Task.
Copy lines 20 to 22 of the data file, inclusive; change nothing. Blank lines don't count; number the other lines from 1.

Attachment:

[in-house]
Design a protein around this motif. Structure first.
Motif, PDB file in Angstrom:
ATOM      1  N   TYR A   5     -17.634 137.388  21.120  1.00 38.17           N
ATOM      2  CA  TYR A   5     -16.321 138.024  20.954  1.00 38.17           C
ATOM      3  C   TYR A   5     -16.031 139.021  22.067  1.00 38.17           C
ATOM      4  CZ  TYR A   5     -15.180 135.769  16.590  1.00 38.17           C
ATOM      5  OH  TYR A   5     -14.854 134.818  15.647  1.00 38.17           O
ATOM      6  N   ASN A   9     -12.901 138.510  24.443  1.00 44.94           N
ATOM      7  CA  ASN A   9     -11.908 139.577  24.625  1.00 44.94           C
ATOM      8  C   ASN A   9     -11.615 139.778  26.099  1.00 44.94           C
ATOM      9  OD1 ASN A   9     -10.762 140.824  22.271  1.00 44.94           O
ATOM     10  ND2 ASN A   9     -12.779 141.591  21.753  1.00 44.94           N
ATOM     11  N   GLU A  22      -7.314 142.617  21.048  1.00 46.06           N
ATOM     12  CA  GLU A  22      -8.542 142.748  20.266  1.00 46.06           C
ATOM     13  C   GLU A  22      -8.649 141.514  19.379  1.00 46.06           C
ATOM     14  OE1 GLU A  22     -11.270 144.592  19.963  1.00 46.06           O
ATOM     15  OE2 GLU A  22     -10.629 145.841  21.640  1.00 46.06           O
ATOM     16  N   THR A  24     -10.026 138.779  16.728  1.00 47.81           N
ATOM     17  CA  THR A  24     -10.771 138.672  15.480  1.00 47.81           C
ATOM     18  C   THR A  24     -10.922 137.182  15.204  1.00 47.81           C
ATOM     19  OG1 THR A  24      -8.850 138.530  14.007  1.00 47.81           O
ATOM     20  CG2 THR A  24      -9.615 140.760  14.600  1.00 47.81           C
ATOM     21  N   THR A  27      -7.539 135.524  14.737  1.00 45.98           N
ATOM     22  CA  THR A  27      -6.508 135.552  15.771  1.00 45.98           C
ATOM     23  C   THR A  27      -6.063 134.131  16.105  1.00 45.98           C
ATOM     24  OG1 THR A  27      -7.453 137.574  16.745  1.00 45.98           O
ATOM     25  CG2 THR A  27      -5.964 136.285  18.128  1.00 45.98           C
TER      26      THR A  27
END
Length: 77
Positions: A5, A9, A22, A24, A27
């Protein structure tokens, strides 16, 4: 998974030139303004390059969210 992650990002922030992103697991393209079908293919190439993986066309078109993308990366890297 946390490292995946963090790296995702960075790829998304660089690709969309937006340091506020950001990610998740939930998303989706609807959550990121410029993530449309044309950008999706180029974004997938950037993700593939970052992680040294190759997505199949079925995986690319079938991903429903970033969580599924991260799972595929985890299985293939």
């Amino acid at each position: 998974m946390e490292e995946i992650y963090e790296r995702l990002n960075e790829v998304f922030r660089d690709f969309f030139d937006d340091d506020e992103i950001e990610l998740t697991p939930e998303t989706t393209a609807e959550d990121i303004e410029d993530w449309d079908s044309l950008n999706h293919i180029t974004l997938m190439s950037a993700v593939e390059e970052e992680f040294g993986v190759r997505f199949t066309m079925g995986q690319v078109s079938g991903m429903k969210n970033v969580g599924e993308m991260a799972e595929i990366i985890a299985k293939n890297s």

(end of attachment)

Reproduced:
ATOM     17  CA  THR A  24     -10.771 138.672  15.480  1.00 47.81           C
ATOM     18  C   THR A  24     -10.922 137.182  15.204  1.00 47.81           C
ATOM     19  OG1 THR A  24      -8.850 138.530  14.007  1.00 47.81           O